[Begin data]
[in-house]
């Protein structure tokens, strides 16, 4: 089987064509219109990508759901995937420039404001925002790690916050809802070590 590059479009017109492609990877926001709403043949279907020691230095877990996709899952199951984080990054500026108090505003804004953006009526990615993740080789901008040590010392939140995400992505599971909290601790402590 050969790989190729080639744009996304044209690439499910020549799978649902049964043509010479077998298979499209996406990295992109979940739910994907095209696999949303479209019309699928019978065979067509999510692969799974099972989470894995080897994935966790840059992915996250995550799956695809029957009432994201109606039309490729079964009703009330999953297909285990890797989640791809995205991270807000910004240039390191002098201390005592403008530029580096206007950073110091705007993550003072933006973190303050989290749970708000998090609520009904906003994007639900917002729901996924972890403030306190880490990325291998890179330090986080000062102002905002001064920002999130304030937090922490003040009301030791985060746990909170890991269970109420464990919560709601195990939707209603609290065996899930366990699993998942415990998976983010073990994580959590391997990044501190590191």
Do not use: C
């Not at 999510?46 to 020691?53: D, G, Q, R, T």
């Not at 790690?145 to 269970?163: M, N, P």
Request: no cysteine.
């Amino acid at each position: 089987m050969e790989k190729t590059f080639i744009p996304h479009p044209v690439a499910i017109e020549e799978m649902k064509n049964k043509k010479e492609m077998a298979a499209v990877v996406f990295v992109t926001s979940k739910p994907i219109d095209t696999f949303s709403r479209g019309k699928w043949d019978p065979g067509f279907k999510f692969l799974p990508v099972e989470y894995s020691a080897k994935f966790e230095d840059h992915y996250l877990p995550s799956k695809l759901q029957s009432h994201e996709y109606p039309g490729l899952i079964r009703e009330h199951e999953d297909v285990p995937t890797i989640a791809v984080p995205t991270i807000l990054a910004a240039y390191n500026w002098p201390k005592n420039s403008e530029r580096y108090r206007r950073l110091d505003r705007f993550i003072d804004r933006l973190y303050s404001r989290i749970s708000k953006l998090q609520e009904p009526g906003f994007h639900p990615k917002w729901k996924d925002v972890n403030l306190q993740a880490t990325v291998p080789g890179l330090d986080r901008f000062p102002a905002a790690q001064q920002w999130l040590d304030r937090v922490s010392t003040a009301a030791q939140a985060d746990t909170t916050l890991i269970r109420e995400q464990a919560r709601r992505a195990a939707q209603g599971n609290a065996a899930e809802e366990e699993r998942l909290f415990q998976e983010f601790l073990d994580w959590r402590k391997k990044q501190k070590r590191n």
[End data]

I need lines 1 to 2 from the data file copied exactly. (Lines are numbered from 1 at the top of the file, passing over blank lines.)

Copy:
[in-house]
């Protein structure tokens, strides 16, 4: 089987064509219109990508759901995937420039404001925002790690916050809802070590 590059479009017109492609990877926001709403043949279907020691230095877990996709899952199951984080990054500026108090505003804004953006009526990615993740080789901008040590010392939140995400992505599971909290601790402590 050969790989190729080639744009996304044209690439499910020549799978649902049964043509010479077998298979499209996406990295992109979940739910994907095209696999949303479209019309699928019978065979067509999510692969799974099972989470894995080897994935966790840059992915996250995550799956695809029957009432994201109606039309490729079964009703009330999953297909285990890797989640791809995205991270807000910004240039390191002098201390005592403008530029580096206007950073110091705007993550003072933006973190303050989290749970708000998090609520009904906003994007639900917002729901996924972890403030306190880490990325291998890179330090986080000062102002905002001064920002999130304030937090922490003040009301030791985060746990909170890991269970109420464990919560709601195990939707209603609290065996899930366990699993998942415990998976983010073990994580959590391997990044501190590191």